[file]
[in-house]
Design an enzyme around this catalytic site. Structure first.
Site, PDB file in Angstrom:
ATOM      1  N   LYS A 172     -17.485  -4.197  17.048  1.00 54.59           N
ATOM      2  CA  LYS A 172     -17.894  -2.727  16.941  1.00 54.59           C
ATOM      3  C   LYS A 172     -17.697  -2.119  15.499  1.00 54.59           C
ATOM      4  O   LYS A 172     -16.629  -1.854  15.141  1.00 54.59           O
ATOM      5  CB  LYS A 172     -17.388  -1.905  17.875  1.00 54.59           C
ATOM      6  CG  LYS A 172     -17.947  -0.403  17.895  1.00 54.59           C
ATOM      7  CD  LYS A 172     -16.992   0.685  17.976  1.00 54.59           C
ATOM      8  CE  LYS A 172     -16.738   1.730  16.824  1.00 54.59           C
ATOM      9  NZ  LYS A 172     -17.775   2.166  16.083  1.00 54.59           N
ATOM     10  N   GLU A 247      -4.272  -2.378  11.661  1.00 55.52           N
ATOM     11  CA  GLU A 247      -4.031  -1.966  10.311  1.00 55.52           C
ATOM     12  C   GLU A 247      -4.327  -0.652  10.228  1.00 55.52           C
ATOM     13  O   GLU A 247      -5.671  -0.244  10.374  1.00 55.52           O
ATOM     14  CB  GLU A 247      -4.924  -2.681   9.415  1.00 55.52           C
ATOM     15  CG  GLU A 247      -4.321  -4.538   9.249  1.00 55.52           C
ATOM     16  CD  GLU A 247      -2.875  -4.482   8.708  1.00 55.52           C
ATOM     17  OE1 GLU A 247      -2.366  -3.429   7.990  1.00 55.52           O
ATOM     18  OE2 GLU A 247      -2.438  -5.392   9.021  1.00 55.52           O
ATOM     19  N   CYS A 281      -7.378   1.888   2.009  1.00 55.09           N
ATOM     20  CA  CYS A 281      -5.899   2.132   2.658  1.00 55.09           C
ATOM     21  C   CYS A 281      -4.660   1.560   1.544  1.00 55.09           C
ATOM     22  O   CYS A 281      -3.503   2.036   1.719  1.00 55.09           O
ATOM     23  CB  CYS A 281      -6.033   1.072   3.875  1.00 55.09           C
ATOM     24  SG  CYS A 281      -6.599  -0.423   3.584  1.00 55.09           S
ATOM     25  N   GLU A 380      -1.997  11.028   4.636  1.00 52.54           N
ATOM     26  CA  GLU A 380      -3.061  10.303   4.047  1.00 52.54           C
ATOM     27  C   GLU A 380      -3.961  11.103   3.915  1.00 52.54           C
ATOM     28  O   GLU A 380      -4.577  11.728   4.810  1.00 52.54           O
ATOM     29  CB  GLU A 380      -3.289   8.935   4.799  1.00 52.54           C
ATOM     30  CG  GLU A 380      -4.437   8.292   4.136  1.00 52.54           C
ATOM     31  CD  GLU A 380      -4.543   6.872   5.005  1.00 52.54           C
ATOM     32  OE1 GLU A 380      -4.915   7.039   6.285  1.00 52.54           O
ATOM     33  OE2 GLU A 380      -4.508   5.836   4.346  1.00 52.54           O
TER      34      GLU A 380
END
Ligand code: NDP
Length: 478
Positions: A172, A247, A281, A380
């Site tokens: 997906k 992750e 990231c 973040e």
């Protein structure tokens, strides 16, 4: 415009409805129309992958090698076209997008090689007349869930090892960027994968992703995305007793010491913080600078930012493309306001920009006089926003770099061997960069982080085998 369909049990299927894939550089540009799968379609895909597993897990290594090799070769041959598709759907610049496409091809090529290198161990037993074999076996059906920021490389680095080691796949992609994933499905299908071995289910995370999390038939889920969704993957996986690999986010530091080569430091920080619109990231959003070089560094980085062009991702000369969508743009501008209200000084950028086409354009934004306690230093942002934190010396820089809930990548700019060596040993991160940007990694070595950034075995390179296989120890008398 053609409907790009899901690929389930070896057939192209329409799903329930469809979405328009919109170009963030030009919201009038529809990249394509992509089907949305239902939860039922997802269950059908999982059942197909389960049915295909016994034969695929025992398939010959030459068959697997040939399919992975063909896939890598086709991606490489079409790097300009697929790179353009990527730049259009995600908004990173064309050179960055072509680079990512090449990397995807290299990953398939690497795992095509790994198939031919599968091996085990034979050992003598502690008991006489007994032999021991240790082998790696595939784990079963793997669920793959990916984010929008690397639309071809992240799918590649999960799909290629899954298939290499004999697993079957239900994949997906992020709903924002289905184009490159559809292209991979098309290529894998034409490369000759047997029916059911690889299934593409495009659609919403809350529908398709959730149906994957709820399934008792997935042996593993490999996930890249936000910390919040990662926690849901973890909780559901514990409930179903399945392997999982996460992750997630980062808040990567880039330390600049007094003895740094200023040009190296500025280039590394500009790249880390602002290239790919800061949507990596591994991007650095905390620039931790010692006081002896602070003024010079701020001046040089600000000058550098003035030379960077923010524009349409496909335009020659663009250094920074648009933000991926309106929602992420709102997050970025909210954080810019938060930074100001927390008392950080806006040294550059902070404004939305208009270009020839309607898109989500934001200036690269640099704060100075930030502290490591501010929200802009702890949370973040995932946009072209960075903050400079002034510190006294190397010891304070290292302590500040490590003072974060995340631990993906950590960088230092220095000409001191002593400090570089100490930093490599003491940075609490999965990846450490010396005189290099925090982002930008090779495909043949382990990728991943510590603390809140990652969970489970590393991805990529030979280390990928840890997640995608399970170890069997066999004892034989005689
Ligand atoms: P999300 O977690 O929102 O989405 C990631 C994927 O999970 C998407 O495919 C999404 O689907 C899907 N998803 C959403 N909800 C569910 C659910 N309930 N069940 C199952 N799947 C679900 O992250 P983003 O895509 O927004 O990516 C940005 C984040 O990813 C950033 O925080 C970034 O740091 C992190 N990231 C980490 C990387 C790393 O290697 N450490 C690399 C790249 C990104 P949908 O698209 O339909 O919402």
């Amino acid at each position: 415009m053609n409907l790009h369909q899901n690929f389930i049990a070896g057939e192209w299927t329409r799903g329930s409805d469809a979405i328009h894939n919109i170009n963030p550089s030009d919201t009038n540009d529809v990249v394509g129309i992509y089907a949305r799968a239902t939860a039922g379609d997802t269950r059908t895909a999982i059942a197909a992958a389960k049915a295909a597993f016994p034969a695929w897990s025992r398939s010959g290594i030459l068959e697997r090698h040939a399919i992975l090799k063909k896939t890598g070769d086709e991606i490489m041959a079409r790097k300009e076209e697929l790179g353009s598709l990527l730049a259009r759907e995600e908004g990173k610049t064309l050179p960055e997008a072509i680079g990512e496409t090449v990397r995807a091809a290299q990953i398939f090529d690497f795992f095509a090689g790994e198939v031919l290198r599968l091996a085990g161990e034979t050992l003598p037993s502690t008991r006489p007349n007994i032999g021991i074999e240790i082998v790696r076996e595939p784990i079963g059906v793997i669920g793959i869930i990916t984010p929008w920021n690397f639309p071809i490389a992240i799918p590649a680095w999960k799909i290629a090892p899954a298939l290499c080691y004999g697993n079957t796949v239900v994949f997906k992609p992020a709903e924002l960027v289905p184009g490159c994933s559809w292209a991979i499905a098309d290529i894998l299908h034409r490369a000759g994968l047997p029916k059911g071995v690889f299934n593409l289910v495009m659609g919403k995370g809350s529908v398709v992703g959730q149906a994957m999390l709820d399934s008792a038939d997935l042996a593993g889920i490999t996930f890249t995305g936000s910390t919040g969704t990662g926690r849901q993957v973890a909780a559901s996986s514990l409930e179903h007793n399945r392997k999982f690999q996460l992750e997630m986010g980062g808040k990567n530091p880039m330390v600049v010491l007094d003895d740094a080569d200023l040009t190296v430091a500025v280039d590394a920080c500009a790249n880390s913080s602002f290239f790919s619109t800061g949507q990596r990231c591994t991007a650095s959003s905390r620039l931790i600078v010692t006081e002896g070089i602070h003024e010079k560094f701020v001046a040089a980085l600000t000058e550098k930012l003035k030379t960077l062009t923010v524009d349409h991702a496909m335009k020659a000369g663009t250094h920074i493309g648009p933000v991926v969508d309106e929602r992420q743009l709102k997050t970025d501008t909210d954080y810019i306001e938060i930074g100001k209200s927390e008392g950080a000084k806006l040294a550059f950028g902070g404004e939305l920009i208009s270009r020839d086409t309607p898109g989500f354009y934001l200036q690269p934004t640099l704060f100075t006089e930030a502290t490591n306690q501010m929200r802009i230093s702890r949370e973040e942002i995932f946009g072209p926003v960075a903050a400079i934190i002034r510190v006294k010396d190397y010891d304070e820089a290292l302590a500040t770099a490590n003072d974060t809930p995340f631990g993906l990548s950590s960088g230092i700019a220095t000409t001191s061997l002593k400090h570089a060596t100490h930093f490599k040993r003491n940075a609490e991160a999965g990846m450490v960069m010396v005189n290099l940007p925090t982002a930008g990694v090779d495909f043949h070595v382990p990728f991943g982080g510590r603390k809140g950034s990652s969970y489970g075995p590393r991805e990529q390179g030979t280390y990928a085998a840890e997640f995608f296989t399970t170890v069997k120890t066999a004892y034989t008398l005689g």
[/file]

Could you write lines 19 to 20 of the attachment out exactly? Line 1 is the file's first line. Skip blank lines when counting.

ATOM     16  CD  GLU A 247      -2.875  -4.482   8.708  1.00 55.52           C
ATOM     17  OE1 GLU A 247      -2.366  -3.429   7.990  1.00 55.52           O